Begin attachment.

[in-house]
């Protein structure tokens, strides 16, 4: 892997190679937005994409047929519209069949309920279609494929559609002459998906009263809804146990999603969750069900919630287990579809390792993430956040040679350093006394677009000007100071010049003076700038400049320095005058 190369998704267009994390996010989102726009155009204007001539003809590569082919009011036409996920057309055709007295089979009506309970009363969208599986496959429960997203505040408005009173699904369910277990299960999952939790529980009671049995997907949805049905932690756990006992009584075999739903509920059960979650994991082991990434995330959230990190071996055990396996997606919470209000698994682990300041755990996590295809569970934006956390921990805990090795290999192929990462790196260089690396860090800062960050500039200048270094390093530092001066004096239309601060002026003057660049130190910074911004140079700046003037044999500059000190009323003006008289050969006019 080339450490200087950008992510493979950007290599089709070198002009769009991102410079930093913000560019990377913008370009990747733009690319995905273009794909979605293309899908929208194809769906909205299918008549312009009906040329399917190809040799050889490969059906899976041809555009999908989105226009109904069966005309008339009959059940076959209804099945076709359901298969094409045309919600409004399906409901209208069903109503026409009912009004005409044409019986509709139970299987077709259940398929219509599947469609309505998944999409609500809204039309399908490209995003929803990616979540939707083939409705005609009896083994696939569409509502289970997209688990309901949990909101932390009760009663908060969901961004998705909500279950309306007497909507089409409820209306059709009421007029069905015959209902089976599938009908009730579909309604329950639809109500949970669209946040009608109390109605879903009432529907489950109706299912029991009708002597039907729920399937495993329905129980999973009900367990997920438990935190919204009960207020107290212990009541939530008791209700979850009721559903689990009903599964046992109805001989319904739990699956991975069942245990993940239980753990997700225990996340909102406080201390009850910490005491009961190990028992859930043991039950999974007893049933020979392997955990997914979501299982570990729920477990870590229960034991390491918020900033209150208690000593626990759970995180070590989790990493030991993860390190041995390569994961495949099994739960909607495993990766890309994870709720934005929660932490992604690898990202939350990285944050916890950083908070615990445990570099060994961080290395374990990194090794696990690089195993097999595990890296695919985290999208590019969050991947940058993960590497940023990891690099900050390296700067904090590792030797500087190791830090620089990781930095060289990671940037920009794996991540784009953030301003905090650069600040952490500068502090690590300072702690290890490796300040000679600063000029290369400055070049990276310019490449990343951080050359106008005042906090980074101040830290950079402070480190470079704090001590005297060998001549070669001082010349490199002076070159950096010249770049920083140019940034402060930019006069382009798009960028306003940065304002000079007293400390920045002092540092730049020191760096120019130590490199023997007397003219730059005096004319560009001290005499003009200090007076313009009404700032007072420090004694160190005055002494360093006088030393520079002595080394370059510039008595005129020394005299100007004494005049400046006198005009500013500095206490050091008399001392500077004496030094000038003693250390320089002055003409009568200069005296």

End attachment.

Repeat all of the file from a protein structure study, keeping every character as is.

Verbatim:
[in-house]
């Protein structure tokens, strides 16, 4: 892997190679937005994409047929519209069949309920279609494929559609002459998906009263809804146990999603969750069900919630287990579809390792993430956040040679350093006394677009000007100071010049003076700038400049320095005058 190369998704267009994390996010989102726009155009204007001539003809590569082919009011036409996920057309055709007295089979009506309970009363969208599986496959429960997203505040408005009173699904369910277990299960999952939790529980009671049995997907949805049905932690756990006992009584075999739903509920059960979650994991082991990434995330959230990190071996055990396996997606919470209000698994682990300041755990996590295809569970934006956390921990805990090795290999192929990462790196260089690396860090800062960050500039200048270094390093530092001066004096239309601060002026003057660049130190910074911004140079700046003037044999500059000190009323003006008289050969006019 080339450490200087950008992510493979950007290599089709070198002009769009991102410079930093913000560019990377913008370009990747733009690319995905273009794909979605293309899908929208194809769906909205299918008549312009009906040329399917190809040799050889490969059906899976041809555009999908989105226009109904069966005309008339009959059940076959209804099945076709359901298969094409045309919600409004399906409901209208069903109503026409009912009004005409044409019986509709139970299987077709259940398929219509599947469609309505998944999409609500809204039309399908490209995003929803990616979540939707083939409705005609009896083994696939569409509502289970997209688990309901949990909101932390009760009663908060969901961004998705909500279950309306007497909507089409409820209306059709009421007029069905015959209902089976599938009908009730579909309604329950639809109500949970669209946040009608109390109605879903009432529907489950109706299912029991009708002597039907729920399937495993329905129980999973009900367990997920438990935190919204009960207020107290212990009541939530008791209700979850009721559903689990009903599964046992109805001989319904739990699956991975069942245990993940239980753990997700225990996340909102406080201390009850910490005491009961190990028992859930043991039950999974007893049933020979392997955990997914979501299982570990729920477990870590229960034991390491918020900033209150208690000593626990759970995180070590989790990493030991993860390190041995390569994961495949099994739960909607495993990766890309994870709720934005929660932490992604690898990202939350990285944050916890950083908070615990445990570099060994961080290395374990990194090794696990690089195993097999595990890296695919985290999208590019969050991947940058993960590497940023990891690099900050390296700067904090590792030797500087190791830090620089990781930095060289990671940037920009794996991540784009953030301003905090650069600040952490500068502090690590300072702690290890490796300040000679600063000029290369400055070049990276310019490449990343951080050359106008005042906090980074101040830290950079402070480190470079704090001590005297060998001549070669001082010349490199002076070159950096010249770049920083140019940034402060930019006069382009798009960028306003940065304002000079007293400390920045002092540092730049020191760096120019130590490199023997007397003219730059005096004319560009001290005499003009200090007076313009009404700032007072420090004694160190005055002494360093006088030393520079002595080394370059510039008595005129020394005299100007004494005049400046006198005009500013500095206490050091008399001392500077004496030094000038003693250390320089002055003409009568200069005296």